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Open AccessArticle

Myeloperoxidase and Septic Conditions Disrupt Sphingolipid Homeostasis in Murine Brain Capillaries In Vivo and Immortalized Human Brain Endothelial Cells In Vitro

1
Division of Molecular Biology and Biochemistry, Gottfried Schatz Research Center, Medical University of Graz, Graz 8010, Austria
2
BioTechMed-Graz, Graz 8010, Austria
3
Institute of Molecular Biosciences, University of Graz, Graz 8010, Austria
4
Center for Explorative Lipidomics, BioTechMed-Graz, Graz 8010, Austria
5
Department of Health Sciences and Technology, ETH Zurich, Schwerzenbach 8603, Switzerland
6
Department of Internal Medicine, Intensive Care Unit, Medical University of Graz, Graz 8036, Austria
*
Author to whom correspondence should be addressed.
Int. J. Mol. Sci. 2020, 21(3), 1143; https://doi.org/10.3390/ijms21031143
Received: 12 December 2019 / Revised: 27 January 2020 / Accepted: 6 February 2020 / Published: 9 February 2020
(This article belongs to the Special Issue Role for the Enzyme Myeloperoxidase to Elicit Pathologies)
During inflammation, activated leukocytes release cytotoxic mediators that compromise blood–brain barrier (BBB) function. Under inflammatory conditions, myeloperoxidase (MPO) is critically involved in inflicting BBB damage. We used genetic and pharmacological approaches to investigate whether MPO induces aberrant lipid homeostasis at the BBB in a murine endotoxemia model. To corroborate findings in a human system we studied the impact of sera from sepsis and non-sepsis patients on brain endothelial cells (hCMEC/D3). In response to endotoxin, the fatty acid, ceramide, and sphingomyelin content of isolated mouse brain capillaries dropped and barrier dysfunction occurred. In mice, genetic deficiency or pharmacological inhibition of MPO abolished these alterations. Studies in metabolic cages revealed increased physical activity and less pronounced sickness behavior of MPO−/− compared to wild-type mice in response to sepsis. In hCMEC/D3 cells, exogenous tumor necrosis factor α (TNFα) potently regulated gene expression of pro-inflammatory cytokines and a set of genes involved in sphingolipid (SL) homeostasis. Notably, treatment of hCMEC/D3 cells with sera from septic patients reduced cellular ceramide concentrations and induced barrier and mitochondrial dysfunction. In summary, our in vivo and in vitro data revealed that inflammatory mediators including MPO, TNFα induce dysfunctional SL homeostasis in brain endothelial cells. Genetic and pharmacological inhibition of MPO attenuated endotoxin-induced alterations in SL homeostasis in vivo, highlighting the potential role of MPO as drug target to treat inflammation-induced brain dysfunction. View Full-Text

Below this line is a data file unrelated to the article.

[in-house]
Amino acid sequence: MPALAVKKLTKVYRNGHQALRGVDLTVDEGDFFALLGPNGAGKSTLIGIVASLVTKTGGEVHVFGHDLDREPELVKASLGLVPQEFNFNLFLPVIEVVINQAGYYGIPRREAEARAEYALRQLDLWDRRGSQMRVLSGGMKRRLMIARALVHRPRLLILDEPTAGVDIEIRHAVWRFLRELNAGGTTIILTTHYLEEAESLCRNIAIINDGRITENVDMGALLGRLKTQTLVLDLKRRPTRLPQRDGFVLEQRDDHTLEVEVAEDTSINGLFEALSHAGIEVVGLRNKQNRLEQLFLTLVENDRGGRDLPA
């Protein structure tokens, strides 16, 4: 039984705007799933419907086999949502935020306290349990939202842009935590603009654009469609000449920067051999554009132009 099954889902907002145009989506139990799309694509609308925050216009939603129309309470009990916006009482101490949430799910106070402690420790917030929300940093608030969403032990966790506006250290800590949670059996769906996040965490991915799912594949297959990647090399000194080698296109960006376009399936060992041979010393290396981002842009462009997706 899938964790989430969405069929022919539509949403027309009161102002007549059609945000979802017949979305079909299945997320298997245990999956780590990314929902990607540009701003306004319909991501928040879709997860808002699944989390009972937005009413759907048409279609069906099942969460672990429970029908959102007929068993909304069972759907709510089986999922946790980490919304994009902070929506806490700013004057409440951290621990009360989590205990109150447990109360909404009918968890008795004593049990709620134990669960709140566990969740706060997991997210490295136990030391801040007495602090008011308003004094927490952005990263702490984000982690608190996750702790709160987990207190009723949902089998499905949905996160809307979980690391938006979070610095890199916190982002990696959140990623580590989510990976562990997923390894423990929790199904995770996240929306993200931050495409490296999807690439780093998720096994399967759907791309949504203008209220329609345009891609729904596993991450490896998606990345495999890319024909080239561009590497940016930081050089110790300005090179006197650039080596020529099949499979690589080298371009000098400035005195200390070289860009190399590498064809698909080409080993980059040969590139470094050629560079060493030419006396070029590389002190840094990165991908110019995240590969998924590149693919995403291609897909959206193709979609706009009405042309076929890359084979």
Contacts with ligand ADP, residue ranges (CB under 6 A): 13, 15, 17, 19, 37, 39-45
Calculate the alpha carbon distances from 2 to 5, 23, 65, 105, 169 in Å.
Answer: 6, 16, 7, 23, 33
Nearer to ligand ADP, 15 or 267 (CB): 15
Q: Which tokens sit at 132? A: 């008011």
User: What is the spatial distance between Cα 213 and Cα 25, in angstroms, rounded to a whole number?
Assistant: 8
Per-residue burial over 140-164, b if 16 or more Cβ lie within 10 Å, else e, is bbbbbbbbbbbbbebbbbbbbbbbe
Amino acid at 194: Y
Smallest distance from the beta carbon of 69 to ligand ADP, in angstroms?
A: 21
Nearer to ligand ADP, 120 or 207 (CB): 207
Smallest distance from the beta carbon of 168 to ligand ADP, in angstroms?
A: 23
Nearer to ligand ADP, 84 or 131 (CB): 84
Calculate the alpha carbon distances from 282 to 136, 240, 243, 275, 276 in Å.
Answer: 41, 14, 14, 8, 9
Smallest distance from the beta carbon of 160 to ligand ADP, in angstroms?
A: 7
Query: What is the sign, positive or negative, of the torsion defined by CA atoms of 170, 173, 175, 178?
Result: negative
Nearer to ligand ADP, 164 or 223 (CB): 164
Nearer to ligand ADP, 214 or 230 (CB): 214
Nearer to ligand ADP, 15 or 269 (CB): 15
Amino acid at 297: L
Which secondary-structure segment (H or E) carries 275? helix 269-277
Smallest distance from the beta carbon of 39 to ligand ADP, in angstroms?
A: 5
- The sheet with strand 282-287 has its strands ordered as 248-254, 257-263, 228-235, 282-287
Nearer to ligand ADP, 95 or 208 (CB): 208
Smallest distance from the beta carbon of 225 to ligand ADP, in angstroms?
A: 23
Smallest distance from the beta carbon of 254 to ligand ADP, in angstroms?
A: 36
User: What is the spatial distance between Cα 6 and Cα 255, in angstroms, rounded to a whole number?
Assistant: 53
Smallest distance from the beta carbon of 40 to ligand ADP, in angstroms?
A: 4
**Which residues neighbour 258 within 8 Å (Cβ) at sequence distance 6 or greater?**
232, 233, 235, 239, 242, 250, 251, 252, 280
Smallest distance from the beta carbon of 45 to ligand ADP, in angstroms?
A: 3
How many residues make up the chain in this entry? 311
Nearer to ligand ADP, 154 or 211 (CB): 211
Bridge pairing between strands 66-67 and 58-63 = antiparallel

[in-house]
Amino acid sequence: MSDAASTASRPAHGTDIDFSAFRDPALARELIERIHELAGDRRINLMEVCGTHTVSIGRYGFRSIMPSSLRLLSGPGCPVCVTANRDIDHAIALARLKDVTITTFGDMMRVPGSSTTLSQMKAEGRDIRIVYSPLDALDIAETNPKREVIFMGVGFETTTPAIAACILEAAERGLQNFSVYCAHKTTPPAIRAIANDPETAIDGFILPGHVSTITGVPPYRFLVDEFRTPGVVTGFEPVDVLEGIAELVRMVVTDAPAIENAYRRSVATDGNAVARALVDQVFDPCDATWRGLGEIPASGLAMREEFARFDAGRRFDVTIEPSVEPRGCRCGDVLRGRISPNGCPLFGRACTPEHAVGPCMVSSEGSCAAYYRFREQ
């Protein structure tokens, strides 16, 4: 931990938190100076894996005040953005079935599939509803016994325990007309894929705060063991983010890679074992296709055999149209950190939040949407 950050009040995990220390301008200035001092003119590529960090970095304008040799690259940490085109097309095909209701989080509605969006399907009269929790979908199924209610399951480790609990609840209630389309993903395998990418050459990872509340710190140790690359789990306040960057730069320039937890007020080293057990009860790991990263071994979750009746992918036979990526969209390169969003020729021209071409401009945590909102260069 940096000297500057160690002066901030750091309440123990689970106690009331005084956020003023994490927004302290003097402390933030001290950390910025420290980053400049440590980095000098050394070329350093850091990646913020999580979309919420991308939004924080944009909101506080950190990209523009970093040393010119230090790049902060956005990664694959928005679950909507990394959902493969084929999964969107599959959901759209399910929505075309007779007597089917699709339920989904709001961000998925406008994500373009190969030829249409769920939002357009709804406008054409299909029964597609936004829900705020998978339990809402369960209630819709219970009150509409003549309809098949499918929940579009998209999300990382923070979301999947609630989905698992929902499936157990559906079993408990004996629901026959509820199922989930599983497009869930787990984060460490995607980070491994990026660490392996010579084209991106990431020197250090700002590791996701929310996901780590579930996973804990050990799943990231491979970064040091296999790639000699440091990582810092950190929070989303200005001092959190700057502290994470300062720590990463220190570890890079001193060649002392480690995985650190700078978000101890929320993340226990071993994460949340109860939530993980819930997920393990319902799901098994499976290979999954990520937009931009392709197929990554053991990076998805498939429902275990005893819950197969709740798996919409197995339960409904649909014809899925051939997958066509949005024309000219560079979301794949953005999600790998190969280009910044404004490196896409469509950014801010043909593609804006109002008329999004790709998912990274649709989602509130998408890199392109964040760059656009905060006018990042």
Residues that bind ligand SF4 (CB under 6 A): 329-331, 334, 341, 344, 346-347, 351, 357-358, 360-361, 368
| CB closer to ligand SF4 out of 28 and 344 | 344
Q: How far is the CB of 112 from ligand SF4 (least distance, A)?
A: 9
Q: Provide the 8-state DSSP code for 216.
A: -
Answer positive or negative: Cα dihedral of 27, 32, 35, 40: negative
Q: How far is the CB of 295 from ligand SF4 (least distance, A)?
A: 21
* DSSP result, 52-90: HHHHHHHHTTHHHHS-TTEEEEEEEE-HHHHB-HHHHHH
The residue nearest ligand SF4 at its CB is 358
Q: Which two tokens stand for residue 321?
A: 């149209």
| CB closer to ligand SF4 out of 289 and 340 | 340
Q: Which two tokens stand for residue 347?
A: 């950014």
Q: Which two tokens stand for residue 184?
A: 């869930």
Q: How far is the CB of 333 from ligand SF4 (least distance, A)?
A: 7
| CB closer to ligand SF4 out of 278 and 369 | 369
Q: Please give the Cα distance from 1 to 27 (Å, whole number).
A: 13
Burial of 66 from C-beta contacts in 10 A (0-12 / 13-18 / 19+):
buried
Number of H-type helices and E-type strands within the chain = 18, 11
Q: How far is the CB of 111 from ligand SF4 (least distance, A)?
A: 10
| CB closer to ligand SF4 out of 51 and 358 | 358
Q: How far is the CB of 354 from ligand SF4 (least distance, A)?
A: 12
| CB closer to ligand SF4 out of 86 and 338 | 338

Keywords: blood–brain barrier; calorimetry; ceramides; cytokines; fatty acid; mitochondrial function; myeloperoxidase; sphingomyelins blood–brain barrier; calorimetry; ceramides; cytokines; fatty acid; mitochondrial function; myeloperoxidase; sphingomyelins
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Goeritzer, M.; Bernhart, E.; Plastira, I.; Reicher, H.; Leopold, C.; Eichmann, T.O.; Rechberger, G.; Madreiter-Sokolowski, C.T.; Prasch, J.; Eller, P.; Graier, W.F.; Kratky, D.; Malle, E.; Sattler, W. Myeloperoxidase and Septic Conditions Disrupt Sphingolipid Homeostasis in Murine Brain Capillaries In Vivo and Immortalized Human Brain Endothelial Cells In Vitro. Int. J. Mol. Sci. 2020, 21, 1143.

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